Brazilian Consul: Arrested Ghosn is Healthy, Wants Thrillers
The former Nissan chairman Carlos Ghosn, who was arrested in Japan on suspicion of underreporting his income, seems prepared to fight out his case and has asked for thriller books, according to the Brazilian consul general.
Joao de Mendonca Lima Neto, one of the few visitors Ghosn has been allowed to see under Japan's stringent rules, said Ghosn was healthy and holding up well.
"My impression is that he is a strong man in the sense that he will fight this out properly. He doesn't look worried," Mendonca told The Associated Press on Wednesday at Brazil's consulate in Tokyo. "I admire him for his fortitude."
Mendonca declined comment on the specifics of the allegations against Ghosn, saying his job was about helping Brazilian citizens with their problems.
He said he has conveyed Ghosn's verbal messages to his family and has relayed the family's messages back. He declined to disclose details.
Ghosn, who headed the Renault-Nissan-Mitsubishi Motors auto alliance, was arrested last month on suspicion he underreported his income by millions of dollars for years at a time.
Born in Brazil, Ghosn holds French, Lebanese and Brazilian citizenships. Only representatives of a suspect's home country and attorneys can visit suspects in detention in Japan.
Consular officials have visited Ghosn four times in the last two weeks, Mendonca said. They brought history and philosophy books and fruit, but Ghosn asked for thriller books to pass the time.
Mendonca said he speaks with Ghosn in Portuguese through a glass barrier.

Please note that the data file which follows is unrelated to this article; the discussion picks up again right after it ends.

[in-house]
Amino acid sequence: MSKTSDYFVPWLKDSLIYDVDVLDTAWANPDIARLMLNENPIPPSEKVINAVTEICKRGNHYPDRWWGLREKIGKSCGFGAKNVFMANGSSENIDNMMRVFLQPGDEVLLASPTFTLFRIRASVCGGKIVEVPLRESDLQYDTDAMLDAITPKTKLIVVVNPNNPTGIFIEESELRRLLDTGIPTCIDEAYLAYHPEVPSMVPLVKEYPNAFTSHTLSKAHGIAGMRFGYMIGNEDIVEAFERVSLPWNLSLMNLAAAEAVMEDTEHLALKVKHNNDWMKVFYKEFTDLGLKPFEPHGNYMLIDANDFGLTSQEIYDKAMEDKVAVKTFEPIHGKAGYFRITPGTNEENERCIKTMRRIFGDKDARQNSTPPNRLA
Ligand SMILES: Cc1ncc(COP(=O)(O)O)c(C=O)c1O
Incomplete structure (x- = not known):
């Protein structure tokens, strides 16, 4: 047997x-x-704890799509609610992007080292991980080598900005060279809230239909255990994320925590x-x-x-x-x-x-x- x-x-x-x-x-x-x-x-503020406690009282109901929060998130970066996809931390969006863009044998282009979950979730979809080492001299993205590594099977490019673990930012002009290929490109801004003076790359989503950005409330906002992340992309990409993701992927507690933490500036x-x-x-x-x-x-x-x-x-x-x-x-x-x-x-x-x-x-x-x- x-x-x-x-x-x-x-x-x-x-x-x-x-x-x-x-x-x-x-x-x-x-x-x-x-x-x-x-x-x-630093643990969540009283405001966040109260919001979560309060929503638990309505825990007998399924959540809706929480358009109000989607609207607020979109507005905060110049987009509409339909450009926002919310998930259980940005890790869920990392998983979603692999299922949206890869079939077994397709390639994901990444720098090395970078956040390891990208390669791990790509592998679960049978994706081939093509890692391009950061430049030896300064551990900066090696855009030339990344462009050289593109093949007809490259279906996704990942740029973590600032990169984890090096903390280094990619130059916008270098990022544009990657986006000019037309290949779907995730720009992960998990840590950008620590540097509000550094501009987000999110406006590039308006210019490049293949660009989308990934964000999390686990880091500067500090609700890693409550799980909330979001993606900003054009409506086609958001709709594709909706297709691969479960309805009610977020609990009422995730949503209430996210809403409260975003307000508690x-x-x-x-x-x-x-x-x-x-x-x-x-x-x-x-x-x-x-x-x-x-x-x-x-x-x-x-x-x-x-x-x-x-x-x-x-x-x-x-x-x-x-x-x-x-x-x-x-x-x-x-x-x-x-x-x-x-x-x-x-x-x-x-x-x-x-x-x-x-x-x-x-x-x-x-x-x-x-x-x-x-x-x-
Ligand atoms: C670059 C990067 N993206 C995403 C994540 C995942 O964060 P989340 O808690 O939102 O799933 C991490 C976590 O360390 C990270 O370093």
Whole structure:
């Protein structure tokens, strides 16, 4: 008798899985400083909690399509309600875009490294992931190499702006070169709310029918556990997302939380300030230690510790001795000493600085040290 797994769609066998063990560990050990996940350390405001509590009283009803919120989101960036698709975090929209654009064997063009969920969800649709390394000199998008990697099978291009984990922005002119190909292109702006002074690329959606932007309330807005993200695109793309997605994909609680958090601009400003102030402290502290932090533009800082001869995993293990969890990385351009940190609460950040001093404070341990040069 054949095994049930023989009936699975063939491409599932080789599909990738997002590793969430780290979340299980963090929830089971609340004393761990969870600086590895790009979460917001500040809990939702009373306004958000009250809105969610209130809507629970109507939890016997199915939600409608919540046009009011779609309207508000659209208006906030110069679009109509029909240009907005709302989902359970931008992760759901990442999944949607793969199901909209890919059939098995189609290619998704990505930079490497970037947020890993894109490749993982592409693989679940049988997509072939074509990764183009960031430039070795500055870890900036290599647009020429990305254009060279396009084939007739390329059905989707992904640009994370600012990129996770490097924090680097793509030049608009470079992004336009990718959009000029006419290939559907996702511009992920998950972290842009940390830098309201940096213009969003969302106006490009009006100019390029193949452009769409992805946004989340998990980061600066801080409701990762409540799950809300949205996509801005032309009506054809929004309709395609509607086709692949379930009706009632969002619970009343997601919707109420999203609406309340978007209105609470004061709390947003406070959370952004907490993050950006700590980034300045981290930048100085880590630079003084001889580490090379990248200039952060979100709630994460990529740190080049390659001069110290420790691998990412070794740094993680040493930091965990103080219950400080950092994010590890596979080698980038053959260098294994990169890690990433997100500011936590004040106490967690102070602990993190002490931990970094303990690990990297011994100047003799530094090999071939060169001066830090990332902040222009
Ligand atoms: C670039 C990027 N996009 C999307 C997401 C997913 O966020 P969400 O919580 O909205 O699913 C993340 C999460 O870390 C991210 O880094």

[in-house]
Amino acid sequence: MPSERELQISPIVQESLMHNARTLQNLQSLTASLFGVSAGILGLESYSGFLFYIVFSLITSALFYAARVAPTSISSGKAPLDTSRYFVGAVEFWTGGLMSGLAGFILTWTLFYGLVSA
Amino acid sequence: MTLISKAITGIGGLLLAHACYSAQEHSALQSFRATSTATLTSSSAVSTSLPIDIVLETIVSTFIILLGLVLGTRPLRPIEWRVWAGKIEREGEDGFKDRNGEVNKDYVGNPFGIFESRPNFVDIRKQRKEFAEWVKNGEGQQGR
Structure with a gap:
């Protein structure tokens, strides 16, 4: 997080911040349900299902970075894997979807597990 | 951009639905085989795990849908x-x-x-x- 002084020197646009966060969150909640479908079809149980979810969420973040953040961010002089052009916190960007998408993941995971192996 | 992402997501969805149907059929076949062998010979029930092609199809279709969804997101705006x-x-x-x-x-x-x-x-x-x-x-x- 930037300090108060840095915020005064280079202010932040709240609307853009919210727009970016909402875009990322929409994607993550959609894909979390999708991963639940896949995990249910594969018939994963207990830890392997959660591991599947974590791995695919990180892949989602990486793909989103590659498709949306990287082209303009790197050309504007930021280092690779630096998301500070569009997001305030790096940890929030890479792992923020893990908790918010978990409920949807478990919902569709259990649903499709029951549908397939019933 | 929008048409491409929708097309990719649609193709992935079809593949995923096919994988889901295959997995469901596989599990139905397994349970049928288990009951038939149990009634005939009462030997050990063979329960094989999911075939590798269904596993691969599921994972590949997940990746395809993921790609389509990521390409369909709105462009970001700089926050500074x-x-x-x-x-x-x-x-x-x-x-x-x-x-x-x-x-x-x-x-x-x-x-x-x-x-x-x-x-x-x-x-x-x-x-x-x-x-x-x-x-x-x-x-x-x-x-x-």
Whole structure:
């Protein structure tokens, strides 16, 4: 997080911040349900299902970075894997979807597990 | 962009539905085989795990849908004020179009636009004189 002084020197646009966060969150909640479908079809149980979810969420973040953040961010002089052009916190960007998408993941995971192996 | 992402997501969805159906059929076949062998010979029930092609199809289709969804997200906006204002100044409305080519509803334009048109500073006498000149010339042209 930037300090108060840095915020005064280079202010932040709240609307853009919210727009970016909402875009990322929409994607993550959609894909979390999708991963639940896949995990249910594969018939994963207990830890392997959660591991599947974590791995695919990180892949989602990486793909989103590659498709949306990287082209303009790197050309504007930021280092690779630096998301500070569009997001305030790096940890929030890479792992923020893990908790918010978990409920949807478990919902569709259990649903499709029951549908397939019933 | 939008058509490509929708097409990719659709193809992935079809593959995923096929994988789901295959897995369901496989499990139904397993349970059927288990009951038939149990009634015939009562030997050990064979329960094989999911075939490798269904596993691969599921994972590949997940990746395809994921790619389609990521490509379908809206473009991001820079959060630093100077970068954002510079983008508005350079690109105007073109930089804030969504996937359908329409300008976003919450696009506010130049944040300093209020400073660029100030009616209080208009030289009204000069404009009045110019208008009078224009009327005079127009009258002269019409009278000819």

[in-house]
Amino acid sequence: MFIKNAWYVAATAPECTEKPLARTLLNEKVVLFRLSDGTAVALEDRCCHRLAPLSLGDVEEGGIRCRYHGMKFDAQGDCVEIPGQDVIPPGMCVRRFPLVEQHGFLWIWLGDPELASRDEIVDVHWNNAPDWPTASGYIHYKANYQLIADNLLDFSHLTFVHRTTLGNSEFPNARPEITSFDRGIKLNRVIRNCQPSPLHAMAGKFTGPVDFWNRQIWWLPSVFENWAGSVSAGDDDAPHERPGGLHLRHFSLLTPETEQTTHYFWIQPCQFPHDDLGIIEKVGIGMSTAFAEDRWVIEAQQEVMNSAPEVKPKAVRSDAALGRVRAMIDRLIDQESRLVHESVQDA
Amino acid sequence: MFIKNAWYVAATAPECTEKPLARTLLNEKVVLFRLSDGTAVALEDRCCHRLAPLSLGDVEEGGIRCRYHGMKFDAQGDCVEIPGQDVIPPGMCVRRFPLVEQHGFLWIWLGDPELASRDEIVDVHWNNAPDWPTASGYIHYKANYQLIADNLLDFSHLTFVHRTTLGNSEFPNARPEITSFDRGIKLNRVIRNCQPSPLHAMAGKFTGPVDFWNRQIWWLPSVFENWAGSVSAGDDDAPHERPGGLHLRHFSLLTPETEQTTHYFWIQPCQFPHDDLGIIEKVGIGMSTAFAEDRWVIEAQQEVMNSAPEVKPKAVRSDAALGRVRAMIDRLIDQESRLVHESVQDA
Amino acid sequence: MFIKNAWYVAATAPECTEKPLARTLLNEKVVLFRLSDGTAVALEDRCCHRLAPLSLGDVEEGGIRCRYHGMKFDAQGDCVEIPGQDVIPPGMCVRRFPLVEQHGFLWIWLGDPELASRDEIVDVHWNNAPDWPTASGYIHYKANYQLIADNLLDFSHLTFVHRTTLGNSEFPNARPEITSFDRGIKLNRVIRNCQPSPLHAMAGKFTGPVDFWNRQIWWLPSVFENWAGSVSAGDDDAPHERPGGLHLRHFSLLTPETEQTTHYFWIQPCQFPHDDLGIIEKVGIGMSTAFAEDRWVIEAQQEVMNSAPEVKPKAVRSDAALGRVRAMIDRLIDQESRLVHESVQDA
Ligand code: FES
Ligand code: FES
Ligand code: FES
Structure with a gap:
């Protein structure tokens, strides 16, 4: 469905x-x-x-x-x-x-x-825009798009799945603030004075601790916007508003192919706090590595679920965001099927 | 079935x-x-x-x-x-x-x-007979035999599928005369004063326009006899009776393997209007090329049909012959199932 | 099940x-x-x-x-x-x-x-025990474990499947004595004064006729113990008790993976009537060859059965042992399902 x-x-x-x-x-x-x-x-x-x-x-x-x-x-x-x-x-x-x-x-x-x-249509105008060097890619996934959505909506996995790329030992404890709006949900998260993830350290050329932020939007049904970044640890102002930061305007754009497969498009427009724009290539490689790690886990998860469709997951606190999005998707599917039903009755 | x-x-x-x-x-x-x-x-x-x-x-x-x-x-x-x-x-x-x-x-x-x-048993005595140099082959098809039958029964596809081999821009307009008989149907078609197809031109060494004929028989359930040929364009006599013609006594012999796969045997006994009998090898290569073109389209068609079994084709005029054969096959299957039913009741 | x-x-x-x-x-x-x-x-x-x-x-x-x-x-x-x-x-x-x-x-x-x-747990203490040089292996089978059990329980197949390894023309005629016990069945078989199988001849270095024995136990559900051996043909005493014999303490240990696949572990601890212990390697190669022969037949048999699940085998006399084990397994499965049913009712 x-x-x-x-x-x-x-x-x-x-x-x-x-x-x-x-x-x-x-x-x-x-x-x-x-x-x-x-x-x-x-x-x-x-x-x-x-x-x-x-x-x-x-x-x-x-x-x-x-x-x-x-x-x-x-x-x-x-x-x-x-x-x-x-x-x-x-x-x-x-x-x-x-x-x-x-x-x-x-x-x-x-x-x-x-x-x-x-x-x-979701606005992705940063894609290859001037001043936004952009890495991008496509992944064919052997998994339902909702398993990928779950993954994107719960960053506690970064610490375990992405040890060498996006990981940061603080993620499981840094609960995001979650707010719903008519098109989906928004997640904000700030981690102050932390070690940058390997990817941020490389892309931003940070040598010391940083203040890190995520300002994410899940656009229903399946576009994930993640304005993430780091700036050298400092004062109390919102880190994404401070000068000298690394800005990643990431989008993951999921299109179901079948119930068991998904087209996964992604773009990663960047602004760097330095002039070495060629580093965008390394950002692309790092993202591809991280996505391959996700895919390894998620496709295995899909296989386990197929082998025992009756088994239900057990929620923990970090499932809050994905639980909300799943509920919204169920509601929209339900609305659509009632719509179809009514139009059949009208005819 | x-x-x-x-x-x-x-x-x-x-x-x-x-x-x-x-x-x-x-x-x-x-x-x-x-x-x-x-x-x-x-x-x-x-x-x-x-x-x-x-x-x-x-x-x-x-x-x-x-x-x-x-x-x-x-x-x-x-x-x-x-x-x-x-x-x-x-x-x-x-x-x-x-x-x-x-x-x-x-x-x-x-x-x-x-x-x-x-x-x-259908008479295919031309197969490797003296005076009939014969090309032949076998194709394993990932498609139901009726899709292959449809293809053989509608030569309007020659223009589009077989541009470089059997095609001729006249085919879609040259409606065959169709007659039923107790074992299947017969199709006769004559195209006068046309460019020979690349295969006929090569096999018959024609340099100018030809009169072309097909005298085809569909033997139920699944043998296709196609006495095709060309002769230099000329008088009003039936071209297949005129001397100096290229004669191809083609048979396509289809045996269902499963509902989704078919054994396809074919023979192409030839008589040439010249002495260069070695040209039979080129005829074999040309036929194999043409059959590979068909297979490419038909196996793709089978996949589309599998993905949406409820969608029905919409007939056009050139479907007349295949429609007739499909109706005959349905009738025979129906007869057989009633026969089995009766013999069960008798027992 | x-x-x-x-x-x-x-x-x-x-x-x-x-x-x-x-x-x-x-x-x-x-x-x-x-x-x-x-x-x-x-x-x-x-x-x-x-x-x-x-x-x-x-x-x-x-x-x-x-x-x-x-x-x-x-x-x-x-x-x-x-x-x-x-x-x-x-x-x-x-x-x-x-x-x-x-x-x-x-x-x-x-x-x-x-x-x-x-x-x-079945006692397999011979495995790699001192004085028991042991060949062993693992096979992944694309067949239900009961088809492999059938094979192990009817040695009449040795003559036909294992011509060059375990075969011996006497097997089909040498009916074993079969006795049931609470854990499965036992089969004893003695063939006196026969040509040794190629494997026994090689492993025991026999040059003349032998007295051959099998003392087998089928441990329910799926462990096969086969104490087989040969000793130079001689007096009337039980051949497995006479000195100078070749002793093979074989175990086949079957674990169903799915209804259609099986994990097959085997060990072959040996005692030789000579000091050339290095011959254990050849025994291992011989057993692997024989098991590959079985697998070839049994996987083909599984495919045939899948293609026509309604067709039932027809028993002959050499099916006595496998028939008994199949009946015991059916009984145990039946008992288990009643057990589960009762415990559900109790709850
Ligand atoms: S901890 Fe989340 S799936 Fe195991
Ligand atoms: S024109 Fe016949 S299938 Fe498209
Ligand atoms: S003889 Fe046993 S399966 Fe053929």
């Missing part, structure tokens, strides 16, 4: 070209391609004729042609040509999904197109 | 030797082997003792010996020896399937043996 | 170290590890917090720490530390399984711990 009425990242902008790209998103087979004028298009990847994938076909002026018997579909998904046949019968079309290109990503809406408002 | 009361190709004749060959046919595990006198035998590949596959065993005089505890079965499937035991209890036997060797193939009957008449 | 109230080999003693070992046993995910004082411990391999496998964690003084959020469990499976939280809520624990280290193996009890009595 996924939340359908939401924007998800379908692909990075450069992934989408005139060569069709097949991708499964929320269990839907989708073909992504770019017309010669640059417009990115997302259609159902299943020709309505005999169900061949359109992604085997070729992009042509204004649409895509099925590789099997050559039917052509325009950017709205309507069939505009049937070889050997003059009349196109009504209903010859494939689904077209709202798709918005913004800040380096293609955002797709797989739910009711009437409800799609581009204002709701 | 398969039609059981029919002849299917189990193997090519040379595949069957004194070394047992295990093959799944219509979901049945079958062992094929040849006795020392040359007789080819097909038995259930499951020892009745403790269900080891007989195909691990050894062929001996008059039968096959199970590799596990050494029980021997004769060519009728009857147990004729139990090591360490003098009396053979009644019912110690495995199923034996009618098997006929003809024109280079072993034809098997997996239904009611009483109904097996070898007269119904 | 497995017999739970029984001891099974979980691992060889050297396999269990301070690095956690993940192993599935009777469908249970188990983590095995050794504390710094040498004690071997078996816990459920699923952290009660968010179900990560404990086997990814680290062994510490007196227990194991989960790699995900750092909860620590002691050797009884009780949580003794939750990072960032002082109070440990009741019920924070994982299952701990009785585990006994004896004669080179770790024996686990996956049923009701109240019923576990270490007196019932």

Although Japanese detention cells are not heated and the weather can be chilly, Mendonca said Ghosn told him he was warm. He was wearing a blue zipped-up top, he recalled.
"Dr. Ghosn has always said that he is well and he is well treated, given the circumstances," he said. "He answers normally, 'I'm fine.'"
Japanese media, without identifying sources, have reported prosecutors will detain Ghosn on additional allegations beyond Dec. 10, when the period of detention allowed on the first set of allegations against him will run out. Prosecutors have refused to comment except in weekly meetings, when they confirm some basic facts. Ghosn has not been charged.
Since he was sent by Renault SA of France to turn around a near-bankrupt Nissan Motor Co. two decades ago, Ghosn's star-level pay has drawn attention since executives in Japan tend to be paid far less than their international counterparts.
At the center of the allegations, according to Japanese media reports, is Ghosn's deferred income, promised as money, stocks and other items for a later date, including after retirement.
Nissan, which makes the March subcompact, Leaf electric car and Infiniti luxury models, says an internal investigation found Ghosn hid his pay and misused company funds and assets for personal gain. The company has ousted Ghosn as chairman but has yet to pick a replacement.
Brazilians are proud of Ghosn, Mendonca said.
"We also have a position of wait and see. What you read in the press is not what he is saying. We are just waiting for the result, and hopefully the best result," he said. "Given his position, he has been an icon not only here but all over the world."